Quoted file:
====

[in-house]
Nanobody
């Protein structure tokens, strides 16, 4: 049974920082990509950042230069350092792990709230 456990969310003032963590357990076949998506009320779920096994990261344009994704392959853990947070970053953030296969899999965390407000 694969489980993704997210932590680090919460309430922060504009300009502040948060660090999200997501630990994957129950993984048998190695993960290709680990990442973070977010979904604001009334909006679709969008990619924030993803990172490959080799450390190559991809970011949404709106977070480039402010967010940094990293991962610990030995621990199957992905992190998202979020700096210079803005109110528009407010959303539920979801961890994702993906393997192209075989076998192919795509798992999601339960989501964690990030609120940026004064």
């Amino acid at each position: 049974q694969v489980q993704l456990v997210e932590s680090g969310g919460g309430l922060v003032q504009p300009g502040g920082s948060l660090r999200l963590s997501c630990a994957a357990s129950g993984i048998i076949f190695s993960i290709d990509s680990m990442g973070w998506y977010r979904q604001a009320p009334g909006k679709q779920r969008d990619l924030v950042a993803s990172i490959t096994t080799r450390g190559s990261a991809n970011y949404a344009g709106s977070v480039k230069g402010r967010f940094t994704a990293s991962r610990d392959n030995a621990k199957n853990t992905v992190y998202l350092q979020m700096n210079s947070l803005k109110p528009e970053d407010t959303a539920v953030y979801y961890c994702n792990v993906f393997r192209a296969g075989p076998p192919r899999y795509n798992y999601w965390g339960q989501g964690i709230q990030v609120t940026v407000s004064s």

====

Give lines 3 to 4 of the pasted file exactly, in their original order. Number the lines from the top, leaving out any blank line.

């Protein structure tokens, strides 16, 4: 049974920082990509950042230069350092792990709230 456990969310003032963590357990076949998506009320779920096994990261344009994704392959853990947070970053953030296969899999965390407000 694969489980993704997210932590680090919460309430922060504009300009502040948060660090999200997501630990994957129950993984048998190695993960290709680990990442973070977010979904604001009334909006679709969008990619924030993803990172490959080799450390190559991809970011949404709106977070480039402010967010940094990293991962610990030995621990199957992905992190998202979020700096210079803005109110528009407010959303539920979801961890994702993906393997192209075989076998192919795509798992999601339960989501964690990030609120940026004064």
């Amino acid at each position: 049974q694969v489980q993704l456990v997210e932590s680090g969310g919460g309430l922060v003032q504009p300009g502040g920082s948060l660090r999200l963590s997501c630990a994957a357990s129950g993984i048998i076949f190695s993960i290709d990509s680990m990442g973070w998506y977010r979904q604001a009320p009334g909006k679709q779920r969008d990619l924030v950042a993803s990172i490959t096994t080799r450390g190559s990261a991809n970011y949404a344009g709106s977070v480039k230069g402010r967010f940094t994704a990293s991962r610990d392959n030995a621990k199957n853990t992905v992190y998202l350092q979020m700096n210079s947070l803005k109110p528009e970053d407010t959303a539920v953030y979801y961890c994702n792990v993906f393997r192209a296969g075989p076998p192919r899999y795509n798992y999601w965390g339960q989501g964690i709230q990030v609120t940026v407000s004064s």